Monday, February 12, 2007

BASIC and Web 2.0

Run BASIC has been called a Web 2.0 BASIC by several people now. I have been pretty much avoiding that classification (lately) because I don't think it meets that description, yet.

One idea that is important for Run BASIC to be a Web 2.0 system is that it needs to be able to consume information from other internet sources. The ability for the user to write a program that downloads the contents of a web page and then process that as information, or the ability to read RSS feeds as data would get us partway there.

I'd be interested in the reader's thoughts about this (yes, you!).

Sunday, February 04, 2007

Run BASIC Two Weeks Report

Well, Run BASIC ( has been online now for slightly more than 2 weeks. We've had more than 1500 unique visitors.

There have been a handful of server crashes in that period and numerous bugfixes. A few of these fixes are related to stability of the server but most are new features or fixes in the compiler or runtime system. This is a very good thing since most of this stuff feeds directly into the Liberty BASIC v5.0 effort. In essence this is a kind of alpha testing for LB5.

The community has responded nicely by creating a Run BASIC section on the Liberty BASIC Conforums site and by putting up a wiki. People have been busy creating programs that run under Run BASIC. Thanks to all of you for that.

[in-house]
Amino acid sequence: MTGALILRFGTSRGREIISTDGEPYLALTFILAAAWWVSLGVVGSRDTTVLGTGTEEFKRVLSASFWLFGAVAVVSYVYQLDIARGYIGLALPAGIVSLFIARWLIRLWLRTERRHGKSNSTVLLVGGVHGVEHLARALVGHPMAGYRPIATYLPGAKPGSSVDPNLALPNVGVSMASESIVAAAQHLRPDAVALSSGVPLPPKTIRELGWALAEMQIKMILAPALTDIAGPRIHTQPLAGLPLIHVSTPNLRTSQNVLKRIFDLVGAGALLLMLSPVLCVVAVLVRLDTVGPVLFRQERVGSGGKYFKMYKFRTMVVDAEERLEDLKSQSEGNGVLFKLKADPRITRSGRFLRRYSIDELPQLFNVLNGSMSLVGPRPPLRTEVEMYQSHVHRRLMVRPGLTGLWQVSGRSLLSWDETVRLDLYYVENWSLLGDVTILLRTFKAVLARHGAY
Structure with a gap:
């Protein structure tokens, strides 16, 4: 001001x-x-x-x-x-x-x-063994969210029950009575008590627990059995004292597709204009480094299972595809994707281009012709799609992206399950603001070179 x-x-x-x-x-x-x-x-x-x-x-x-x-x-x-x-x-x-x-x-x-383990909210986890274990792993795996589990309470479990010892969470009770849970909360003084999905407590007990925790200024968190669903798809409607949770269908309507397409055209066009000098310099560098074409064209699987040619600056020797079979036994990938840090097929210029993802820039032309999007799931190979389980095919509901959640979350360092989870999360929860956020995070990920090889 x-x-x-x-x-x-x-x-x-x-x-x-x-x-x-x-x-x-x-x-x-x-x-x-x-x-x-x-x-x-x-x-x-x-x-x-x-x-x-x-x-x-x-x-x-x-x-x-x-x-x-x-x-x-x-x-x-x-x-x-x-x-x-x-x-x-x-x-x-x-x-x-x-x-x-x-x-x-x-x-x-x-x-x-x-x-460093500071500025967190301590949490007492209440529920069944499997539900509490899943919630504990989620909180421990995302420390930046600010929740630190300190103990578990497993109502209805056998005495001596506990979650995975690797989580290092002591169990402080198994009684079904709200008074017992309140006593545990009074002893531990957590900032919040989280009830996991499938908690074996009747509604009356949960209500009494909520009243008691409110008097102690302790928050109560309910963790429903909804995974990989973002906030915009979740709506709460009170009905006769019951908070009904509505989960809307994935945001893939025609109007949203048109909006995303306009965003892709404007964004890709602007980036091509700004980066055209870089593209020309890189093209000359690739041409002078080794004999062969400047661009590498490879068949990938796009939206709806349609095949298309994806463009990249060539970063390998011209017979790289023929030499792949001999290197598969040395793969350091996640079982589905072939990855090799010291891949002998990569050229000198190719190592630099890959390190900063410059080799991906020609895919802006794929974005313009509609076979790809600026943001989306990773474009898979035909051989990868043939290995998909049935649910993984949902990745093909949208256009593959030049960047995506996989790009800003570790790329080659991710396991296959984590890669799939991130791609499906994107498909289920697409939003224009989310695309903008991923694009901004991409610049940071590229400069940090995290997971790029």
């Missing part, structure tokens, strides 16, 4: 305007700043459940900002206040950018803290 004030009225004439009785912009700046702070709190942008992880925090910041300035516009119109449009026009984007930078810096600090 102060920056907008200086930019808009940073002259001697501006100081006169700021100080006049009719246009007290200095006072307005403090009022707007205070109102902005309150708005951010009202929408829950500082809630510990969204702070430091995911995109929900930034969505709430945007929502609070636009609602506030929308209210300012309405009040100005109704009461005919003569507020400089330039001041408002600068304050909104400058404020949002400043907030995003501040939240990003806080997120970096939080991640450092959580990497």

Where are we headed with this? We have just started work on a Run BASIC personal edition. This will be a special version of the software that you can install on your own computer. Windows, Mac and Linux will all be supported. The user interface for this will still be web based, but it will be more of an IDE style setup. Our idea is that you can use this system to host a web site and share programs that you write as links on a home page. We are thinking a license for this system will cost $20 to $30.

Once the personal system is launched, we plan to create an educational system for instructors. Each student can have an account, and they can work through their lessons in their browsers whether at home, at school, or wherever they can access the server by means of the internet. Access to student work will be managed for the instructor automatically. We'll develop these ideas more later on.